- All the Italian lugers had German names. Can someone explain this to me?

- Tanith Belbin was the most beautiful athlete at the games, yet she skates with Ben Agosto, who looks like a muppet. The disconnect is jarring.

- The media is making a big deal about the American hockey performance, or lack thereof. Didn't they notice that no one cared when hockey skipped a season last year?

- Don't you think short track speed skaters should be armed with those jousting things like on American Gladiators?

- That article I read was right. Dick Button is the Simon Cowell of the Olympics.

- Curling looks really hard, but it's still boring to watch.

So that's it. It's been most of a good fortnight. As a rule, the events look really difficult, but are still pretty unexciting on TV.

February 22, 2006

Tales from a Coach

I call up one of my wrestlers to see if he and his roommate on the team want to go to dinner last night. He says sure, but that he doesn't know where his roommate is. So, I call the roommates cell phone, and the next thing I hear is the voice of the first guy saying, "I guess he forgot his cell phone." Maybe you had to be there, but it was pretty funny.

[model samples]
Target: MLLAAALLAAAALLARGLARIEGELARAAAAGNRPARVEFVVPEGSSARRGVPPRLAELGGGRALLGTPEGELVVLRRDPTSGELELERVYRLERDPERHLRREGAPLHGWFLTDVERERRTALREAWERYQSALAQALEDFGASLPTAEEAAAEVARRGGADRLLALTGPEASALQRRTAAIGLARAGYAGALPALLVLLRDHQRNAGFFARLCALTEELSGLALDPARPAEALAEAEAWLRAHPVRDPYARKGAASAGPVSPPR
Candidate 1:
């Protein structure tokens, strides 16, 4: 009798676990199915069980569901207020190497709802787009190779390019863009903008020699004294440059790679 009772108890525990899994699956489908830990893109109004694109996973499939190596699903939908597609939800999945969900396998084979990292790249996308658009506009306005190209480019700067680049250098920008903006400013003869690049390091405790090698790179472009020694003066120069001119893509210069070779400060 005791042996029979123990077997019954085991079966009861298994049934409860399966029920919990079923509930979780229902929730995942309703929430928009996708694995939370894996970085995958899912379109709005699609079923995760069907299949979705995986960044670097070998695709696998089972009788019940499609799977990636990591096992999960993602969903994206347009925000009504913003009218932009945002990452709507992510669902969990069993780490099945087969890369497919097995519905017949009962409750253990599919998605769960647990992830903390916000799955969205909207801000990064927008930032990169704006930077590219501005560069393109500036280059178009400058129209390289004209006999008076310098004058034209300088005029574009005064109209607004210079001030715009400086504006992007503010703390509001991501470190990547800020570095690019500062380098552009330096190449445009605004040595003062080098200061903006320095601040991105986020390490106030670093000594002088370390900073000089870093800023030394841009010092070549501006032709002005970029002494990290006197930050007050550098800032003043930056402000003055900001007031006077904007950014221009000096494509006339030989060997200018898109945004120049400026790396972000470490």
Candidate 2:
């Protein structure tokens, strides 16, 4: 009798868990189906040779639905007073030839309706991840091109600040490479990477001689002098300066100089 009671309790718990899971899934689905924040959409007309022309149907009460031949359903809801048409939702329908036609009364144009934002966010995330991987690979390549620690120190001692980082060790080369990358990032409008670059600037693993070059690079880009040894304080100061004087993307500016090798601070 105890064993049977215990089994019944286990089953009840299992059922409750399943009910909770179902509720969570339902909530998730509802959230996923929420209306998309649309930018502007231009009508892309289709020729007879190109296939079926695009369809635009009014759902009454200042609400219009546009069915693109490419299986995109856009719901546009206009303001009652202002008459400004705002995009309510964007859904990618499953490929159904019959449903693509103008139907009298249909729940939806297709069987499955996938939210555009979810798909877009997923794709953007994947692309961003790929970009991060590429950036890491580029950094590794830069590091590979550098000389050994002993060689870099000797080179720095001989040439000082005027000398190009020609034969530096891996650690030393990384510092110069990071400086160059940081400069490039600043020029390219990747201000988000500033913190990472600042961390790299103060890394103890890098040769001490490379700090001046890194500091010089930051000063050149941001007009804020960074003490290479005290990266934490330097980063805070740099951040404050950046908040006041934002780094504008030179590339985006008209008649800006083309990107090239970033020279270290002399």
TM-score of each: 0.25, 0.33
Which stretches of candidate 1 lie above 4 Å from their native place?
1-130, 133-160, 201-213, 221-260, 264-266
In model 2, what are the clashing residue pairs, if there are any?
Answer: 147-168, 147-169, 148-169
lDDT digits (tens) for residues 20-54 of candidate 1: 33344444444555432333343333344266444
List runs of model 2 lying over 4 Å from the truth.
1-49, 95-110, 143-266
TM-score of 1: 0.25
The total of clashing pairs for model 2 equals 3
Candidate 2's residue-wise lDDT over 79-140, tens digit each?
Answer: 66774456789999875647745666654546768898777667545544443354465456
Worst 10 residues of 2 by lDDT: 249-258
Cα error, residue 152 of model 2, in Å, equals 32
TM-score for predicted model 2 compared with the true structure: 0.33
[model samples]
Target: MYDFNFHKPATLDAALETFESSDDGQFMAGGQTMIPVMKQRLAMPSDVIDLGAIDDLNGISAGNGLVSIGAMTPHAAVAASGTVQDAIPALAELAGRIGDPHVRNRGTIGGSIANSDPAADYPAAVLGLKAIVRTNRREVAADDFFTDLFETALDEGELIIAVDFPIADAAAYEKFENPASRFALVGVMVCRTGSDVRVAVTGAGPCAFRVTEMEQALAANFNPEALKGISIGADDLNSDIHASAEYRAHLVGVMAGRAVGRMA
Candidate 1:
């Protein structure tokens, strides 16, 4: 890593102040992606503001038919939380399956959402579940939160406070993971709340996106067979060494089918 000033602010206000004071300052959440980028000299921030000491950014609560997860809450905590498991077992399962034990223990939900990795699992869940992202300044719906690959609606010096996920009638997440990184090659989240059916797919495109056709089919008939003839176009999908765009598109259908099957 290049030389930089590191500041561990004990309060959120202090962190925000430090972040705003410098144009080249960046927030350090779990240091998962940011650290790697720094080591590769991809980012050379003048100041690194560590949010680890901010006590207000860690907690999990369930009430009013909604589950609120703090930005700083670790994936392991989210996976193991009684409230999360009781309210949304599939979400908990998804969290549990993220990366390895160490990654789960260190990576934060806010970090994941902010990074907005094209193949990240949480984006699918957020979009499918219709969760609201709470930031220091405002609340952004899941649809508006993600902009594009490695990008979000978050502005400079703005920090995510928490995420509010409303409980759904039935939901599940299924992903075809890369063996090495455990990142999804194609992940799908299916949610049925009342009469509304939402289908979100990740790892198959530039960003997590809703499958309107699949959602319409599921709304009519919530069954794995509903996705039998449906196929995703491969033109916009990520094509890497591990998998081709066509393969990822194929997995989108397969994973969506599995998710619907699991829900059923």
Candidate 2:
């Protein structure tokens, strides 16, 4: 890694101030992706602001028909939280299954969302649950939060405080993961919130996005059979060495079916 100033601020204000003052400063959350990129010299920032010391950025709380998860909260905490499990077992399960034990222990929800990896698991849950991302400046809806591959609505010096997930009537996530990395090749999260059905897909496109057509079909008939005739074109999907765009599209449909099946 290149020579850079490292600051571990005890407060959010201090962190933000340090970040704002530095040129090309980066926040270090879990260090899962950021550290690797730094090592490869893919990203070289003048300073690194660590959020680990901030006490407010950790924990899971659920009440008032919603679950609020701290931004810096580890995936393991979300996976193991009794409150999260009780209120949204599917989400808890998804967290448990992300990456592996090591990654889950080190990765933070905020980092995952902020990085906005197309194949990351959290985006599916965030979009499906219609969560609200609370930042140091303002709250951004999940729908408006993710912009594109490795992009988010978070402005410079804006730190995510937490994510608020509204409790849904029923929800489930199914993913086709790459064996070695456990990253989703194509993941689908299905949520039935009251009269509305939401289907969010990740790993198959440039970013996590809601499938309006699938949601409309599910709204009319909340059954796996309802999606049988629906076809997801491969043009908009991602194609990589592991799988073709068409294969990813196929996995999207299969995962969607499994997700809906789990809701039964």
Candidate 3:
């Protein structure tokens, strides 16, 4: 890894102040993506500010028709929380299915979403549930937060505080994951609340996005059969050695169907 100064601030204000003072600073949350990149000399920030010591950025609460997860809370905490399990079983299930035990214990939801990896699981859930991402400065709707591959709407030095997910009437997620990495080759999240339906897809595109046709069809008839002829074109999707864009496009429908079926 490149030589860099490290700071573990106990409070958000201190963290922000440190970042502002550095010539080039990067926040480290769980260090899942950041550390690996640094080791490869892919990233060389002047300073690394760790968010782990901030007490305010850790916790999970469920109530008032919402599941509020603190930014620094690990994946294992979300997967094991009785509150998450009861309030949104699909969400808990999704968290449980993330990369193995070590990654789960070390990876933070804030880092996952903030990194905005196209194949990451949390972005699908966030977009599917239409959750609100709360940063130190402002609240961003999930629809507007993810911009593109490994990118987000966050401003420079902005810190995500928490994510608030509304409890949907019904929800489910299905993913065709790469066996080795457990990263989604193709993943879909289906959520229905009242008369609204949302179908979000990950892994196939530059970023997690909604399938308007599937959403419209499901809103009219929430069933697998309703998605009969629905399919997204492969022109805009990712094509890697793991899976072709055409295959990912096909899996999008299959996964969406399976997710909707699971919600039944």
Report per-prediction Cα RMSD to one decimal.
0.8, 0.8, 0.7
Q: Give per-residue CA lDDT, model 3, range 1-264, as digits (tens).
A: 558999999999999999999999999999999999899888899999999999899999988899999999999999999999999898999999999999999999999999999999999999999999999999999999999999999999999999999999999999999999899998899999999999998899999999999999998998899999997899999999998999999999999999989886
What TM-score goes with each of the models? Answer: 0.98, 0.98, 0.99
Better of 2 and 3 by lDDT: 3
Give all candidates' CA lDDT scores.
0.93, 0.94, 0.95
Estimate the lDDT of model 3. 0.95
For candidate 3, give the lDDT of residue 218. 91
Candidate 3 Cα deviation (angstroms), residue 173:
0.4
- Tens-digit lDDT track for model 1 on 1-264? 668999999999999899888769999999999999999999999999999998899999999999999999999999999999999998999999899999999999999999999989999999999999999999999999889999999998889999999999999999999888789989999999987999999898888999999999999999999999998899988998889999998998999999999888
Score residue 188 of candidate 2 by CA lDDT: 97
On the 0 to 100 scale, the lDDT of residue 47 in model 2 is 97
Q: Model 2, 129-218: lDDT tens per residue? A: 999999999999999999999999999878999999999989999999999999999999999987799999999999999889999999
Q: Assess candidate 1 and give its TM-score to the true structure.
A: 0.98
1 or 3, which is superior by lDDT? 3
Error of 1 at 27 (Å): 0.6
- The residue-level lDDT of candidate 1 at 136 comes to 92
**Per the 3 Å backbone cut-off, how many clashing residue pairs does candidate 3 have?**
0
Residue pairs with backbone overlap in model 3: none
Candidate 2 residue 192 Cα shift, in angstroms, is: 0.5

Oh, by the way, the guy who forgot his cell phone ate 70 Wendy's chicken nuggets on Sunday night in a failed attempt to put away 100 in an hour. That's right, folks. Wheaton College, middle 50% between 27 and 31 on the ACT, and $30,000 a year. These are supposed to be the smart kids.

February 19, 2006

NCAA Division III Great Lakes Regional

Augsburg, unsurprisingly, won the team title this past weekend at the Great Lakes Regional, held at the University of Chicago. Elmhurst placed second. While Augsburg is not as untouchable as they have been in past years, they had plenty of talent on hand to win the regional again. It's been said that they don't have anyone "unbeatable" on their team, and this weekend, showed that probably true, though that does not by a long shot mean they won't have anyone on top of the podium in two weeks. Full results can be found here. The ten champions and 11 wildcards go on to the National Tournament March 3-4 at The College of New Jersey.

125 Pounds - Tom Gagan of Elmhurst was the class of a relatively weak weight class, as evidenced by the class only garnering one national qualifier and missing on all 11 wildcard selections. Flodeen of Augsburg had some convincing wins approaching the finals, but Gagan was able to score with outside fireman's carries and even turned the second seeded Flodeen to win 13-6 and guarantee the freshman's first trip to Nationals.